How to talk to others about your travels

The stark realization that often not many people care about where you were or what you did is a tough pill to swallow upon returning from a trip. I had never anticipated that all my friends and family members would be anything less than thrilled to hear about my experiences and see my photos.

I often broached the topic with others or mentioned it in passing to only receive general responses like ‘cool’ or minimal follow-up questions, and I would feel greatly disappointed. I assumed everyone would reciprocate the excitement I felt about my travels, but I learned the hard way they would not. I had just had incredible experiences, saw some amazing views and met the most interesting people. Why didn’t people want to talk about it? Why didn’t anyone care as much as I did?

I recently read a shared post online that talked about how people don’t care about your travel experiences when:

  1. They are envious of your travel
  2. They themselves have never had these experiences and simply cannot relate

Although these are not the only explanations, they cleared up lots of the confusion I had surrounding my conversations (or lack therefore of) with anyone from family members to strangers after I had traveled. Since then, I have come up with some advice on how to talk to others about your travels and experience.

Never brag or boast

Although it is easy to describe with grandeur all that you did and make others envious, this can quickly sour a conversation and prevent future ones from taking place. Instead, reflect on the moments when your experience humbled you, and try to describe it from that point of view.

Keep things relatable

Giving specific names of beaches, mountains and streets can be helpful for someone who has been or is going to travel where you did, but often people are not familiar with the specifics, so there’s no need to include extensive details.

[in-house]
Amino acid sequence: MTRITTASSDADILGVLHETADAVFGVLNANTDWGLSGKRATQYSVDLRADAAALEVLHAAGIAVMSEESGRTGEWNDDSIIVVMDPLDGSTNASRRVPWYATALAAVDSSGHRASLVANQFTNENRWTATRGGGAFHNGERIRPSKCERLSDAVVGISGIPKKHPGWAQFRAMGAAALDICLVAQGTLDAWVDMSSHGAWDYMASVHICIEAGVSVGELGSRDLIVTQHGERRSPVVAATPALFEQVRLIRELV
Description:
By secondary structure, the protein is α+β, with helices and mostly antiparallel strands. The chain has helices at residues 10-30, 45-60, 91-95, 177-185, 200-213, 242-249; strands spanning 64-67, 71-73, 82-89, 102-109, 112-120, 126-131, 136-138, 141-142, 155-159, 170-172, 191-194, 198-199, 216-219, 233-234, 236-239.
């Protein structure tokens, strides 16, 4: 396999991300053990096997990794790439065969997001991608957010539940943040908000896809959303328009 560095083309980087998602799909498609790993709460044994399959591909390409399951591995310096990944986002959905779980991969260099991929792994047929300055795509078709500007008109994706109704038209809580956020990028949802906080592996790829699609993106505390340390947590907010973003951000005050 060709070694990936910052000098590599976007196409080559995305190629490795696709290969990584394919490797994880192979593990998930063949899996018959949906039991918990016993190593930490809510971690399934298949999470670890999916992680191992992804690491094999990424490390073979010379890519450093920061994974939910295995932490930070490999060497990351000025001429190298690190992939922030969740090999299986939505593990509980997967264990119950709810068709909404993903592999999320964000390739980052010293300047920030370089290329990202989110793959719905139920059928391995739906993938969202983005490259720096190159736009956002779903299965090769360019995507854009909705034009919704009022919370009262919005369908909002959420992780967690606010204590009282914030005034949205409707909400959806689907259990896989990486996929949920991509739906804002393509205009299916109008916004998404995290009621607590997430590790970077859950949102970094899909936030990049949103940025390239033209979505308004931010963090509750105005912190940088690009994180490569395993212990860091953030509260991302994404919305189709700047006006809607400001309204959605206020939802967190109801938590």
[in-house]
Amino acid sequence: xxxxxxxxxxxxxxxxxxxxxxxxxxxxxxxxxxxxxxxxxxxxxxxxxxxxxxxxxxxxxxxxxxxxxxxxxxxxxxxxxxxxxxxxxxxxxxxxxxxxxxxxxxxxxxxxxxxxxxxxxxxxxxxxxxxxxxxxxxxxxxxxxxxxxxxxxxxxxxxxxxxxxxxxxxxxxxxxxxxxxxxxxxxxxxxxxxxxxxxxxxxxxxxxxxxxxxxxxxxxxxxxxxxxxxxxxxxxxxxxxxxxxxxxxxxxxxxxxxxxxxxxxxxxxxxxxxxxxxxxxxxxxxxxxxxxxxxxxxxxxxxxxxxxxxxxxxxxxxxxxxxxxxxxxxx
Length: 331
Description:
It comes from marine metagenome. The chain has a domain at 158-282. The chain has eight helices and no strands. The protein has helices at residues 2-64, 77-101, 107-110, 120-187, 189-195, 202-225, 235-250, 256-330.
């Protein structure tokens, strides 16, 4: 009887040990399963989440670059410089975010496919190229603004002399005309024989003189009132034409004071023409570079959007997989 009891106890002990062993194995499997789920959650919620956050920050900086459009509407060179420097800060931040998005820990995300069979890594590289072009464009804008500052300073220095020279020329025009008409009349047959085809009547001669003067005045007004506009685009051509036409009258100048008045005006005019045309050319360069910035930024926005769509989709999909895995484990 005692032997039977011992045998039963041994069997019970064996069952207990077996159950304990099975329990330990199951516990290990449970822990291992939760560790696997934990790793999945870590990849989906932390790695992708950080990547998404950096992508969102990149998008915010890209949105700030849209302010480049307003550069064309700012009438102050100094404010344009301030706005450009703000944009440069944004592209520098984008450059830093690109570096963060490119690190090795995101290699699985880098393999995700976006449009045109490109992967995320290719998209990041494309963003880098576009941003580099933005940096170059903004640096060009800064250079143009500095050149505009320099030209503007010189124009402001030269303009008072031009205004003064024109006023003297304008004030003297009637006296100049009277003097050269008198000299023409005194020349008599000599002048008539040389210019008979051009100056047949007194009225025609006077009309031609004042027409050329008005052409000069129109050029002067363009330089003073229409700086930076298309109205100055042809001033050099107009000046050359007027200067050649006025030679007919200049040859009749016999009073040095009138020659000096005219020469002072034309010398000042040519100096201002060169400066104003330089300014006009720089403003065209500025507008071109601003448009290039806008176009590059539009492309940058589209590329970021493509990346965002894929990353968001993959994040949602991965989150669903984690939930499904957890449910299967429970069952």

Avoid clichés

Naturally, you may be drawn to describing the places in your photos with phrases like, “The camera doesn’t do it justice,” or ending stories with, “You had to be there.” Speaking in this way can alienate the person you’re talking to, as they are aware they didn’t visit this place, so avoid reminding them.

Find commonalities

If you are speaking with someone you know well, mention things that pique their interest. If your friend loves art, be sure to mention some museums you visited and show them pictures so you can both be excited about the topic.

Don’t forget to ask about their lives and experiences

While this advice covers how to tell others about your experiences, no one wants to spend all the time spotlighting your life. Remember that while you were away, your friends or family members still had their own lives going on. If you want people to take interest in your travels and life in the future, never forget to ask about theirs as well.

Photo by Laura McGlynn.

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